In the new paper Does BERT Solve Commonsense Task via Commonsense Knowledge?, a team of researchers from Westlake University, Fudan University and Microsoft Research Asia dive deep into the large language model to discover how it encodes the structured commonsense knowledge it leverages on downstream commonsense tasks.
The proven successes of pretrained language models such as BERT on various downstream tasks has stimulated research investigating the linguistic knowledge inside the model. Previous studies have revealed shallow syntactic, semantic and word sense knowledge in BERT, however, the question of how BERT deals with commonsense tasks has been relatively unexamined.
CommonsenseQA is a multiple-choice question answering dataset built upon the CONCEPTNET knowledge graph. The researchers extracted multiple target concepts with the same semantic relation to a single source concept from CONCEPTNET, where each question has one of three target concepts as the correct answer. For example, “bird” is the source concept in the question “Where does a wild bird usually live?” and “countryside” is the correct answer from the possible target concepts “cage,” “windowsill,” and “countryside.”
The researchers examined the presence of commonsense knowledge in BERT sentence representations by investigating links from an answer concept to the related question concept, proposing that such relations in BERT representations reflect the use of commonsense knowledge, aka structured commonsense knowledge.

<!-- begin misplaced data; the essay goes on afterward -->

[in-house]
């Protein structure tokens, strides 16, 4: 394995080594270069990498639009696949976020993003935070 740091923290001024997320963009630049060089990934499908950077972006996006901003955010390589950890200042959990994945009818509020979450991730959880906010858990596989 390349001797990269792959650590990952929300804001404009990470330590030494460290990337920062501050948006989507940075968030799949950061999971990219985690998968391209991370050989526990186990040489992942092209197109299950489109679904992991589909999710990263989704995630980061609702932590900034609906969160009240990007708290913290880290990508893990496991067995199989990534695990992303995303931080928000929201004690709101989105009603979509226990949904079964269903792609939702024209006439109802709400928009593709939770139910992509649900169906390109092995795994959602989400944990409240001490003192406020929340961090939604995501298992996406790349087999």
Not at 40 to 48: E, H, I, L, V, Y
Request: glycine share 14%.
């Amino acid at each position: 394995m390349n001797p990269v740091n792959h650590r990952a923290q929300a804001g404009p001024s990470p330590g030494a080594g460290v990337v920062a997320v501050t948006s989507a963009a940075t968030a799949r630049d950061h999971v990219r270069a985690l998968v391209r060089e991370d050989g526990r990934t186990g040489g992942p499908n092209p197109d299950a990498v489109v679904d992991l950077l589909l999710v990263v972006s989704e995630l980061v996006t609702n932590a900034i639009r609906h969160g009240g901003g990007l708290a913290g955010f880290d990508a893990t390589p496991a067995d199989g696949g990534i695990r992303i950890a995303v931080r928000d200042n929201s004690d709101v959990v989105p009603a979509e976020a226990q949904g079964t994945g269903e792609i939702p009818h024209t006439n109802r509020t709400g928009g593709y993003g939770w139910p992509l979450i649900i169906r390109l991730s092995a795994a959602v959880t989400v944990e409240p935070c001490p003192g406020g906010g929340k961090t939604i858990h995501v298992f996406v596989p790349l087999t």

The team designed two sets of experiments: one to examine the strengths of the commonsense link in understanding commonsense knowledge in the representation, and another to evaluate the correlation between commonsense links with model prediction performance. They concluded that BERT indeed does indeed have commonsense knowledge from pretraining, and note that with fine-tuning, it will rely more on commonsense information when delivering predictions. Strong commonsense links and a notable correlation between model predictions and commonsense link strengths prove the finding. The team also observed that model accuracy improves when the structured commonsense knowledge is stronger.
The researchers say this is the first study to show that BERT makes use of commonsense knowledge when solving CommonsenseQA questions and that fine-tuning can further enable BERT to learn to use its commonsense knowledge on higher levels. They hope their results will encourage further exploration and leveraging of BERT’s underlying mechanisms.
The paper Does BERT Solve Commonsense Task via Commonsense Knowledge? is on arXiv.
Reporter: Fangyu Cai | Editor: Michael Sarazen
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